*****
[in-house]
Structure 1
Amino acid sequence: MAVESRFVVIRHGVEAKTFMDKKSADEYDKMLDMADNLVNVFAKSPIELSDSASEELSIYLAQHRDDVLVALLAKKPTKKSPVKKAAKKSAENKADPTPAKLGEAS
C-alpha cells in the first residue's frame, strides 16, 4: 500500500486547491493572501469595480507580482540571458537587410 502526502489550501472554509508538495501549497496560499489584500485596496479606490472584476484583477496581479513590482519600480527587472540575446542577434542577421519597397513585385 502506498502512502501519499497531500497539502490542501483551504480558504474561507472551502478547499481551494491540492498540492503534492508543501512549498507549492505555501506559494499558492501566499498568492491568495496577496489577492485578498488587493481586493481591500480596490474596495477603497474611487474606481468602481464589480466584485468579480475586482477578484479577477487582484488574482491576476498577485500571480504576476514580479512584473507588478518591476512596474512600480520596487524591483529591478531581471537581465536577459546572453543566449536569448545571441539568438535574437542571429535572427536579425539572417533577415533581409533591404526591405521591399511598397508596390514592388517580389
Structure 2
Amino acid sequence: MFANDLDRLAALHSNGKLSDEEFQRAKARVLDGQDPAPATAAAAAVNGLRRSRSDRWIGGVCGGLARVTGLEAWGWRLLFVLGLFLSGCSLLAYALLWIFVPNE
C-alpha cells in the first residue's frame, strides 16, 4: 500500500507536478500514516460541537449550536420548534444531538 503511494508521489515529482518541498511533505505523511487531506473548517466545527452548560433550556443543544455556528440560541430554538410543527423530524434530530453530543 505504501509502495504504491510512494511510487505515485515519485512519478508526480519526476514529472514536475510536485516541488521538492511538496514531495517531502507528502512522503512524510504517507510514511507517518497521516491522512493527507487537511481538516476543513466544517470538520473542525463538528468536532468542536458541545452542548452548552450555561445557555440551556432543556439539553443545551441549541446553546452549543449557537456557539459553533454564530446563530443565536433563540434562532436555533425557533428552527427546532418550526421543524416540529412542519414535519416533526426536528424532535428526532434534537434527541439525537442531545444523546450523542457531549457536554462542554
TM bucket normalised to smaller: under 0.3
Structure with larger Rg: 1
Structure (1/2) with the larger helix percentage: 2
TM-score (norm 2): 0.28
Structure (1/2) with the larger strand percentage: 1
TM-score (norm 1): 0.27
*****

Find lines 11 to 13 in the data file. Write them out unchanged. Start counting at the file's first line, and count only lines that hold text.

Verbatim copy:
TM-score (norm 2): 0.28
Structure (1/2) with the larger strand percentage: 1
TM-score (norm 1): 0.27